With help from Trump and the economy, Stauber turns CD8 red

Pete Stauber election night
MinnPost photo by Brian Halliday
Peter Stauber being congratulated by his wife during Tuesday night's gathering in Proctor.

The 8th Congressional District was, as expected, the brightest spot for Minnesota Republicans on election night. Pete Stauber will be the district’s next congressman, beating DFLer Joe Radinovich 51 to 45 percent to replace retiring DFL Rep. Rick Nolan. Independence Party candidate Skip Sandman captured 4 percent of the vote.

The race was considered a toss-up from its start. While Radinovich hammered the health care issue, Stauber stayed on focused on jobs and the economy. “Tonight you voted to unleash the economic engine in Minnesota’s 8th Congressional District,” he told his supporters who had gathered in Proctor.

The 8th District, which covers nearly the entire northeastern third of Minnesota, was won by President Donald Trump by 15 points in 2016. It appears that Stauber maintained a fraction of that support in 2018, which he acknowledged was part of his victory margin. “I think the intensity for our president is as good if not better than on election night,” Stauber said to a group of reporters. “He’s done some really good things. Our jobs and economy are up. Our small businesses and manufacturing are doing very well.”

Contributing equally if not more to Stauber’s victory was his local bona fides. With a civically active family and his solid reputation as a St. Louis County commissioner and a commander in the Duluth police department, Stauber seemed to have a half-degree separation from any given voter in the district. “I knew the family,” was the phrase most often used in voter interviews on election day.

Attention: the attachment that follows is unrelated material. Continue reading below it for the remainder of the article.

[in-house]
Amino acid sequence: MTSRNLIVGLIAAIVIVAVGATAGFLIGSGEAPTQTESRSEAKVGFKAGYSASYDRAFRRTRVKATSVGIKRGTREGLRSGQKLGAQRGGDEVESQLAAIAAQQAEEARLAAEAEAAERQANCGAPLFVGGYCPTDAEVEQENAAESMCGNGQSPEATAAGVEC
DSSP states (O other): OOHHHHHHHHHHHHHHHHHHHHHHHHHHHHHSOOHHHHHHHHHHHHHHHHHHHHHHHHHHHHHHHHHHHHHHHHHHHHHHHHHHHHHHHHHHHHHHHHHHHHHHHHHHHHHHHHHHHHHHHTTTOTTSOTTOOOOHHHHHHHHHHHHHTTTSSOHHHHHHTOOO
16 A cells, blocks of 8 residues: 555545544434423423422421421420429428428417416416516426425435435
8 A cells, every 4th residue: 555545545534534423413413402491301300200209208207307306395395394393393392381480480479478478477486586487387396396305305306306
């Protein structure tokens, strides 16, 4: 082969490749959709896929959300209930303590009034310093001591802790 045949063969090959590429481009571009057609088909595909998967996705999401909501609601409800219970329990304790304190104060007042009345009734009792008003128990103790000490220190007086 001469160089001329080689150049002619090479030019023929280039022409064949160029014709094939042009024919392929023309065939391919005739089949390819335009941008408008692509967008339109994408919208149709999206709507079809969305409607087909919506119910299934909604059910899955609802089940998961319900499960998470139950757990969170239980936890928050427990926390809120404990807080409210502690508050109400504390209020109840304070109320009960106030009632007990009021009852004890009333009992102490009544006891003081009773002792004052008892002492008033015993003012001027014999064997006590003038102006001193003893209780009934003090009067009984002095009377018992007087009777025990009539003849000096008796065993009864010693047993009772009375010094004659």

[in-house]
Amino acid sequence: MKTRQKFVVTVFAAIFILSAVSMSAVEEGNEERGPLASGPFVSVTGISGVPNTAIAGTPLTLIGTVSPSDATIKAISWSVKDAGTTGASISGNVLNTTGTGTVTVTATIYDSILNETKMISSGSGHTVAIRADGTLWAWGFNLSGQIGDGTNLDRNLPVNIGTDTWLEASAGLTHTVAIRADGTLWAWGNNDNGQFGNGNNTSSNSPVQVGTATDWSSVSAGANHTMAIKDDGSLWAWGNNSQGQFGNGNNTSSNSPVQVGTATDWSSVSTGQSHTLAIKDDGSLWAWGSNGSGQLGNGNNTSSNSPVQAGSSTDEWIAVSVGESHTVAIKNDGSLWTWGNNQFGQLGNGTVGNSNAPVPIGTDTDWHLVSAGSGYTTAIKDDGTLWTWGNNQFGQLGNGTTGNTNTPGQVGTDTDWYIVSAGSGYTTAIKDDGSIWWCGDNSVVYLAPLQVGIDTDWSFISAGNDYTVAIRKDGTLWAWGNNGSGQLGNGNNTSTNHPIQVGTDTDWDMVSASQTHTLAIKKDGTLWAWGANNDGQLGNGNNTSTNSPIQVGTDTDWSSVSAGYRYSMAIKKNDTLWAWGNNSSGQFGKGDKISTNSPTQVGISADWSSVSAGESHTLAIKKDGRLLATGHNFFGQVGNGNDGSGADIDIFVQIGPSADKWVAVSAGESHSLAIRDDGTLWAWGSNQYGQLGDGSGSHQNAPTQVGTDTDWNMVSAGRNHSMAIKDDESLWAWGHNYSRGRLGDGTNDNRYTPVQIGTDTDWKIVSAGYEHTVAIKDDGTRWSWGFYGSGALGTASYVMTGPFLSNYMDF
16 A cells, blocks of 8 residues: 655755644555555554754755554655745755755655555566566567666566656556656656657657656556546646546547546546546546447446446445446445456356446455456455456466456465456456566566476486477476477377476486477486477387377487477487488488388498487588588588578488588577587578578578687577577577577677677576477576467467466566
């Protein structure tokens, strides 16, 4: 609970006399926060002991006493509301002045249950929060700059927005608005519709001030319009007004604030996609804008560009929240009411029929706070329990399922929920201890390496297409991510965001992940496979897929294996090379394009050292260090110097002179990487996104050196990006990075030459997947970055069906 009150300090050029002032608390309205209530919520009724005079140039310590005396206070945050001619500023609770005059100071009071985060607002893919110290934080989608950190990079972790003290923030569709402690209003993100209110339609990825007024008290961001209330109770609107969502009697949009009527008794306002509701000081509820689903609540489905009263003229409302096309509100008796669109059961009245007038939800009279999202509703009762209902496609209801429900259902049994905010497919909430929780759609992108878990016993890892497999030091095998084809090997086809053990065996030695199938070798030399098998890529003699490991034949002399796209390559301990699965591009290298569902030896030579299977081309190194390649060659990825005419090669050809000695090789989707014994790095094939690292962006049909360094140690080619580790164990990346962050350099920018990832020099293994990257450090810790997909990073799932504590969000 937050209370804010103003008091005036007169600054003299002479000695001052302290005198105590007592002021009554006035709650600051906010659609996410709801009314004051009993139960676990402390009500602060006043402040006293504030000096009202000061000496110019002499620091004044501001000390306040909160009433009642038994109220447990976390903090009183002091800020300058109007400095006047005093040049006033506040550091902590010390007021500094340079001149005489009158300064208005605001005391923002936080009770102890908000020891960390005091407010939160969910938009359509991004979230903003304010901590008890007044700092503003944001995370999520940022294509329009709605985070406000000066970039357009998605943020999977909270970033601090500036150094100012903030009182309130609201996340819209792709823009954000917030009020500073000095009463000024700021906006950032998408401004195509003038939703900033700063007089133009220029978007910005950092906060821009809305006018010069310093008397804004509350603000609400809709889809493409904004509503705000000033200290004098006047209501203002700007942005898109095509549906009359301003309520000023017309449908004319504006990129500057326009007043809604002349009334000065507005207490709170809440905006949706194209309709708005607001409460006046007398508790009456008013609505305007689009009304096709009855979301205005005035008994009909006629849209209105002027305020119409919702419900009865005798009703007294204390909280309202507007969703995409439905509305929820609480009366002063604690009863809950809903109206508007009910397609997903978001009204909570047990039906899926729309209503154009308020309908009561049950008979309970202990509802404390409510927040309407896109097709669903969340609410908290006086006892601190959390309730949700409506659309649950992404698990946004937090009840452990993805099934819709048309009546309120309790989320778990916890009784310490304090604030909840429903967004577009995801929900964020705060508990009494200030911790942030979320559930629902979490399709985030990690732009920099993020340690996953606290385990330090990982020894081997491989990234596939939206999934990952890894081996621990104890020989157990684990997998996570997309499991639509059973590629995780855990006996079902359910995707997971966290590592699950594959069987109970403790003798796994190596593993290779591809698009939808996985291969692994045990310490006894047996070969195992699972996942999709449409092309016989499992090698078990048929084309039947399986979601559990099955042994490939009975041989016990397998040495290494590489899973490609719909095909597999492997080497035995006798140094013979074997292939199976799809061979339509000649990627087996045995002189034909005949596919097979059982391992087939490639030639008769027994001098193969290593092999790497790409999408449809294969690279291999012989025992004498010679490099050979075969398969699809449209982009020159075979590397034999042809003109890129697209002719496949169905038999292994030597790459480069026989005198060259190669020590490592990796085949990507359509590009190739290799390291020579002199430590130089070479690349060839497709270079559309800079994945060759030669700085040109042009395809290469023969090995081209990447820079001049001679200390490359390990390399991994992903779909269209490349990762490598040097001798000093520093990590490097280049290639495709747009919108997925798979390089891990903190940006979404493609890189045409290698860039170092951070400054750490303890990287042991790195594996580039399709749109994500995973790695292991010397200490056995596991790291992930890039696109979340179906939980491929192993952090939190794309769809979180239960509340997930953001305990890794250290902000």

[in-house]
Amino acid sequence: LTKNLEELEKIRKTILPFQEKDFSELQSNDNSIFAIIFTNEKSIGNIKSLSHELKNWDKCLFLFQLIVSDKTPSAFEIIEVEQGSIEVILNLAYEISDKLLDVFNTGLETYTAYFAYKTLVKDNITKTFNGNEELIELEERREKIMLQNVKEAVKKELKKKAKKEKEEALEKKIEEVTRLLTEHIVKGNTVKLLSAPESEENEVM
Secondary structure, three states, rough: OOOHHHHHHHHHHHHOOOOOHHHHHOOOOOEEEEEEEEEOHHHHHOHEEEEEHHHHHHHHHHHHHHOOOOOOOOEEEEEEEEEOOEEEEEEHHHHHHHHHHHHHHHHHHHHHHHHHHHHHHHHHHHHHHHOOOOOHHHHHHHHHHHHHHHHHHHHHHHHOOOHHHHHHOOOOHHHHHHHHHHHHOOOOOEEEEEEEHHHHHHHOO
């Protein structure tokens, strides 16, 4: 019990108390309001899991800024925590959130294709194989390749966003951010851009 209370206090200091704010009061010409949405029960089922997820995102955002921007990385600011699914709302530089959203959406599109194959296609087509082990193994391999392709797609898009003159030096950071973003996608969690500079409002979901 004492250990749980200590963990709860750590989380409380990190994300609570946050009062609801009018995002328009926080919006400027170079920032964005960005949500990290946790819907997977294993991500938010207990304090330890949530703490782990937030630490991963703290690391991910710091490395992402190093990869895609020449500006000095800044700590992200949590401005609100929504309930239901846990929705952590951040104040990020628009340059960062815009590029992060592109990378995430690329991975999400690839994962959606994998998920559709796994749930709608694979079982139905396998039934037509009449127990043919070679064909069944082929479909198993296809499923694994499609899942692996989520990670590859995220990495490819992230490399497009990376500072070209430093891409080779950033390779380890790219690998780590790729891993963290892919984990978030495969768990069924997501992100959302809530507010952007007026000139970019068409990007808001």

“I know him.  He was my husband’s boss [on the Duluth police force],” said Jeanne Shermer of Fish Lake.  “He was honest, good and kind and looked out for the men and women who worked for him.”

Health care was the top concern of Mary Verhel of Duluth, but she also voted for Stuaber. “I have strong opinions about issues, particularly health care. But I know the family,” she said. “I voted for Stauber because I didn’t like the way his opponents were presenting him.”

Stauber also benefited from a massive influx of independent spending in support of his campaign, most of it negative ads aimed at Radinovich, who had a history of unpaid parking tickets and traffic violations.

The revelation that Stauber briefly had used the St. Louis County email system to communicate with national Republicans could have stopped some of his campaign’s momentum. But the email disclosure came after the Democratic Congressional Campaign Committee had pulled its independent spending and diverted its resources to other races.

Photo courtesy of Forum News Services
Joe Radinovich speaking to supporters during at a gathering Tuesday night.
Democrats will have control of the U.S. House in January and Stauber will find himself in the minority. Not a problem, he said last night. “Somebody’s got to be in the minority. Somebody has to be in the majority,” he said. “I prided myself my entire life working across the aisle. I said on the campaign trail I was not only to going to reach across the aisle, I was going to get up and walk over and build relations for the betterment of this country.”

Stauber was asked how he can maintain the voter support he won last night. “Northern Minnesota is the tip of the heartland and we care for one another,” he said. “I’m not going to be working just for Republicans. I’m going to be working for every single citizen in the 8th Congressional District.”

Stauber will need to prove that contention. Though the district has been trending Republican in recent years, it still has a long legacy of electing Democrats, and the results of this race suggest another battle two years from now.